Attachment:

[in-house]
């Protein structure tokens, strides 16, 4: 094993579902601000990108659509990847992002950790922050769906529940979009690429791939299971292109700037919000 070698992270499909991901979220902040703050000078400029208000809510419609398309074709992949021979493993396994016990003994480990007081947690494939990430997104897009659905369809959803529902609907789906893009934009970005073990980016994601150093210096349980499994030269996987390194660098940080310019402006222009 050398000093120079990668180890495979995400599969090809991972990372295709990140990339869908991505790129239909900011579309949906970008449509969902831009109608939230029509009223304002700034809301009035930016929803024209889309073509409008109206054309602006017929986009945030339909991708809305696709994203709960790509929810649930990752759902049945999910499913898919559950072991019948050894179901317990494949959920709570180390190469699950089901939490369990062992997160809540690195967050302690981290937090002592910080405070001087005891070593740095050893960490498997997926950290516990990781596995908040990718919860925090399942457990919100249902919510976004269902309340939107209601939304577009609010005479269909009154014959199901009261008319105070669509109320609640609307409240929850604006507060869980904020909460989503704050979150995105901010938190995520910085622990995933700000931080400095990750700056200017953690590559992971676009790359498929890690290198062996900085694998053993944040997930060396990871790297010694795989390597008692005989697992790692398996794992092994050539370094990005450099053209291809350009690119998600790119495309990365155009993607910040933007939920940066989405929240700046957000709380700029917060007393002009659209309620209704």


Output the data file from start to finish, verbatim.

[in-house]
């Protein structure tokens, strides 16, 4: 094993579902601000990108659509990847992002950790922050769906529940979009690429791939299971292109700037919000 070698992270499909991901979220902040703050000078400029208000809510419609398309074709992949021979493993396994016990003994480990007081947690494939990430997104897009659905369809959803529902609907789906893009934009970005073990980016994601150093210096349980499994030269996987390194660098940080310019402006222009 050398000093120079990668180890495979995400599969090809991972990372295709990140990339869908991505790129239909900011579309949906970008449509969902831009109608939230029509009223304002700034809301009035930016929803024209889309073509409008109206054309602006017929986009945030339909991708809305696709994203709960790509929810649930990752759902049945999910499913898919559950072991019948050894179901317990494949959920709570180390190469699950089901939490369990062992997160809540690195967050302690981290937090002592910080405070001087005891070593740095050893960490498997997926950290516990990781596995908040990718919860925090399942457990919100249902919510976004269902309340939107209601939304577009609010005479269909009154014959199901009261008319105070669509109320609640609307409240929850604006507060869980904020909460989503704050979150995105901010938190995520910085622990995933700000931080400095990750700056200017953690590559992971676009790359498929890690290198062996900085694998053993944040997930060396990871790297010694795989390597008692005989697992790692398996794992092994050539370094990005450099053209291809350009690119998600790119495309990365155009993607910040933007939920940066989405929240700046957000709380700029917060007393002009659209309620209704």